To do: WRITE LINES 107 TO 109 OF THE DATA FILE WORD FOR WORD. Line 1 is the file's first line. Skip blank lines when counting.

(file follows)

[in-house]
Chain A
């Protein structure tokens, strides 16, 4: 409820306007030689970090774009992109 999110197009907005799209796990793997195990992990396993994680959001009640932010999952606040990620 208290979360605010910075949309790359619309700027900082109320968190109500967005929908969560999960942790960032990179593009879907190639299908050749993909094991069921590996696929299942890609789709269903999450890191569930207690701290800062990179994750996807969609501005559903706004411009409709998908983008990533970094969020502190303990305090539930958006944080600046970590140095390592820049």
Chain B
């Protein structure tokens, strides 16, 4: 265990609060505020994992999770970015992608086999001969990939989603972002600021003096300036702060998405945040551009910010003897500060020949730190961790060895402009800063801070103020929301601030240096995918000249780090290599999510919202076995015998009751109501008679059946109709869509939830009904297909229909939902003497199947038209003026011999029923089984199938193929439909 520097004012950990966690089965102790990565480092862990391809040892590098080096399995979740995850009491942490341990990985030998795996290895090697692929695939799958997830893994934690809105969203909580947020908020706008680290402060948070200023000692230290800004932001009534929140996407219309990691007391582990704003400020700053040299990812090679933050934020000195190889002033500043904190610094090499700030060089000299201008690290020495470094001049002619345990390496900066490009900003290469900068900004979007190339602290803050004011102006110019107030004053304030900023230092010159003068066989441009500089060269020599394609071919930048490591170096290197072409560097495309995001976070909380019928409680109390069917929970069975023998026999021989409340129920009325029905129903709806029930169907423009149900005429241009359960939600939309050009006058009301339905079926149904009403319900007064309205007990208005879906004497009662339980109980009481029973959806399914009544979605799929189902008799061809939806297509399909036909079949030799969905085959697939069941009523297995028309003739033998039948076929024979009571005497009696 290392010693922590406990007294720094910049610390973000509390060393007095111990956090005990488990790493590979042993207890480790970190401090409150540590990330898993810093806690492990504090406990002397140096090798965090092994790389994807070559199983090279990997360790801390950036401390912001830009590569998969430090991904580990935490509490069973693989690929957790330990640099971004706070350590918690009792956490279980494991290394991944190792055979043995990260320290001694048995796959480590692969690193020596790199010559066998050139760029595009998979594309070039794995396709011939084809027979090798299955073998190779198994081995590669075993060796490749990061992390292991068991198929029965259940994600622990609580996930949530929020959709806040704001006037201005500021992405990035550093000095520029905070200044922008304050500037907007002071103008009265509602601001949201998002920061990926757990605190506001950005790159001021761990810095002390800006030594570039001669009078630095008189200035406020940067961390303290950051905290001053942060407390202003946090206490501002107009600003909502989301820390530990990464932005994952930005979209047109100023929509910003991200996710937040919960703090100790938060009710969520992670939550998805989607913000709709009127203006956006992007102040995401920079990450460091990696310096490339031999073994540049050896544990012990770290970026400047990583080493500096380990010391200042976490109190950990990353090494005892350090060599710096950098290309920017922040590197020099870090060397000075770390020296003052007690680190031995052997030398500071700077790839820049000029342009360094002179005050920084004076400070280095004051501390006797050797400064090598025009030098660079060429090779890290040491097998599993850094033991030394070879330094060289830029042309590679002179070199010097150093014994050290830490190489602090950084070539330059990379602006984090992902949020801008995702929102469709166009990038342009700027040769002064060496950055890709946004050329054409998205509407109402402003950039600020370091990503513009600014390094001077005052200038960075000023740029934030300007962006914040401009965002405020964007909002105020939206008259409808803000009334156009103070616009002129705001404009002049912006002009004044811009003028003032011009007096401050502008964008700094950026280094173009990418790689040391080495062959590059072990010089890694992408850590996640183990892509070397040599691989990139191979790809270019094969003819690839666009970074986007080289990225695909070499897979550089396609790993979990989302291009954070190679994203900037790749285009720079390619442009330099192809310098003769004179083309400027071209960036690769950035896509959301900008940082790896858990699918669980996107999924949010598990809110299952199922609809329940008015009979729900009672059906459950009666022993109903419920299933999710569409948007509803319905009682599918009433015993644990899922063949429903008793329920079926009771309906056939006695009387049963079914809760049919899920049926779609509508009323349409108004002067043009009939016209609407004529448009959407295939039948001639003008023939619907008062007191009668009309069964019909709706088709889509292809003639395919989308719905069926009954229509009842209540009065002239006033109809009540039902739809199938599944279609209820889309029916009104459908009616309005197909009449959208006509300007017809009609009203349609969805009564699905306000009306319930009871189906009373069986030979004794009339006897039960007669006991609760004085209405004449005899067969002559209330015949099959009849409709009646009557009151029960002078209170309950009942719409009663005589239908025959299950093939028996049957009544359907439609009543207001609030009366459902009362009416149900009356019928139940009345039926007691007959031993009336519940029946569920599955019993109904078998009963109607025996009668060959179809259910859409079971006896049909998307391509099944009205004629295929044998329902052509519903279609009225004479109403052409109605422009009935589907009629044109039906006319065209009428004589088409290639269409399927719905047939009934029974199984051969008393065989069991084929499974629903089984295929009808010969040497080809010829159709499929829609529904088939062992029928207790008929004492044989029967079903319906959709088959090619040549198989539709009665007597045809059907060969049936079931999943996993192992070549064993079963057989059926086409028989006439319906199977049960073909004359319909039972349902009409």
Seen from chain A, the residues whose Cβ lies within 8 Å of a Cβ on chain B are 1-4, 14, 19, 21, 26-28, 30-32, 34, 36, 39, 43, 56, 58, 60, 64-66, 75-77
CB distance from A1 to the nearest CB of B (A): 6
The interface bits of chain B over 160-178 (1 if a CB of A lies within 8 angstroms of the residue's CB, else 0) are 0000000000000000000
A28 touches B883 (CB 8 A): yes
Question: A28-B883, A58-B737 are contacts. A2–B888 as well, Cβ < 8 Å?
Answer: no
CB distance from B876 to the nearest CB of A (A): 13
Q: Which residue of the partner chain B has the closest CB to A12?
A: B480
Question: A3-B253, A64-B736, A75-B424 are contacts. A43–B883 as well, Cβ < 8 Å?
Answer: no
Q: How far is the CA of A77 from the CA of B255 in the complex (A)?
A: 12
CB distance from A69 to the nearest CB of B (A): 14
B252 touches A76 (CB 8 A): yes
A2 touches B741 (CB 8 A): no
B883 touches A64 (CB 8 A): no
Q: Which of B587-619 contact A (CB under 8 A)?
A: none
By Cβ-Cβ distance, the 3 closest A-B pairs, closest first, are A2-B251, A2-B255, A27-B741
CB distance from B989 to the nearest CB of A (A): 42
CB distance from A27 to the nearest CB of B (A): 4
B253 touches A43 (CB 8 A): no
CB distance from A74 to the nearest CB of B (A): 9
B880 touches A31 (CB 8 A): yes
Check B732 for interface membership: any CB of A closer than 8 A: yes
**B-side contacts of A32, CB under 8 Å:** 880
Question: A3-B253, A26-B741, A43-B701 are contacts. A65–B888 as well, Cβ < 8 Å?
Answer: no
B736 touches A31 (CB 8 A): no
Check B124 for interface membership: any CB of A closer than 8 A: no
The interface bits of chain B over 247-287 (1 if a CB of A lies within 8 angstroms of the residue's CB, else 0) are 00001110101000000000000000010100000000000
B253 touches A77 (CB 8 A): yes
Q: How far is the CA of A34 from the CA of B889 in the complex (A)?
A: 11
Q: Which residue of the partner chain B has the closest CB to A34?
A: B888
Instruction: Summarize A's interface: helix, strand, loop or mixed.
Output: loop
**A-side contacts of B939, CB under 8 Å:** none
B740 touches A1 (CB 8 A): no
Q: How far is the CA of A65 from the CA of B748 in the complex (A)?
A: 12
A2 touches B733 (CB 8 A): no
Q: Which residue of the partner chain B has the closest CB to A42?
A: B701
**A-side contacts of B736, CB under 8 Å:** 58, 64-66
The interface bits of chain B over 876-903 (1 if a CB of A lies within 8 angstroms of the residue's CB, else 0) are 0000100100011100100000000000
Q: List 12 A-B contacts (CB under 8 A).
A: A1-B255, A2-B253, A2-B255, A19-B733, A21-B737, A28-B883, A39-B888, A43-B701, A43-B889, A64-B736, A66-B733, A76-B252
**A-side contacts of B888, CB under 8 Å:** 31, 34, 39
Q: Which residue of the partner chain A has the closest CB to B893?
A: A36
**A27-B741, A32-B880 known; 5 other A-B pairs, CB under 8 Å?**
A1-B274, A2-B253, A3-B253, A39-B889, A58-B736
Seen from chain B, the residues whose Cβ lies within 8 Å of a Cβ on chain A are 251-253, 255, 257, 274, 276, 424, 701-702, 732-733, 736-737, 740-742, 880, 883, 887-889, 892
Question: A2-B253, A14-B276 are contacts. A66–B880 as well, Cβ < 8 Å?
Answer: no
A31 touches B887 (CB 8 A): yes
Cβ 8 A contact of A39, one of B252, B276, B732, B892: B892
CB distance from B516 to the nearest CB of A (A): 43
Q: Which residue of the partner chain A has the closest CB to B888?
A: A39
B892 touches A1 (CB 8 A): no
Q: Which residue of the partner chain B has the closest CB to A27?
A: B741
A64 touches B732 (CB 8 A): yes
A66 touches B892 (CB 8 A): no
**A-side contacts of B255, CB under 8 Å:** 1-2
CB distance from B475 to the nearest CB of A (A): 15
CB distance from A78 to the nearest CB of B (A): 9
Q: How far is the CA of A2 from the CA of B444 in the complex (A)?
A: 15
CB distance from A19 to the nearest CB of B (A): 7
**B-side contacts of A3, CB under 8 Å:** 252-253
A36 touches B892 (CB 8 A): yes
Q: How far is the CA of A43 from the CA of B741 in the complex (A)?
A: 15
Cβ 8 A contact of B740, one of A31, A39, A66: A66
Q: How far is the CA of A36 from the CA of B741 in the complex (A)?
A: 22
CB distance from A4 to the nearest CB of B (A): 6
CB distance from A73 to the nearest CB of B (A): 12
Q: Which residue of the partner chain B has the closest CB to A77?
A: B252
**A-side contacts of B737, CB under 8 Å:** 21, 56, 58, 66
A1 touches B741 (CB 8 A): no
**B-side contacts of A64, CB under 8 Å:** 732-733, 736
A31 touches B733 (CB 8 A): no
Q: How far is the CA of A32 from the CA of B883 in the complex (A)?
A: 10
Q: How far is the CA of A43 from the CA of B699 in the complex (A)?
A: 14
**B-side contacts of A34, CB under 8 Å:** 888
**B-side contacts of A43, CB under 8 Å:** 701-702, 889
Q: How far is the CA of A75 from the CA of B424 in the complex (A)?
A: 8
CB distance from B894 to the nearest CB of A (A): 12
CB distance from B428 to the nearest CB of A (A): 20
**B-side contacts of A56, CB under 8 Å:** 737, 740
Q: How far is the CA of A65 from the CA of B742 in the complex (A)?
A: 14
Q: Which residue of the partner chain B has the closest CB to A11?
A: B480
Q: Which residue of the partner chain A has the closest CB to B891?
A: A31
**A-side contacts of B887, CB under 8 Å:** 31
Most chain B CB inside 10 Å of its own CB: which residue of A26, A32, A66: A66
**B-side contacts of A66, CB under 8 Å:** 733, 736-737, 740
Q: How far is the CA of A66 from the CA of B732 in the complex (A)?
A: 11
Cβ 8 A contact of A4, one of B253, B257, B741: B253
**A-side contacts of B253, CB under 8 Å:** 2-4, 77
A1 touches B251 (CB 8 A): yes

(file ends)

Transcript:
A: 14
Q: Which residue of the partner chain B has the closest CB to A11?
A: B480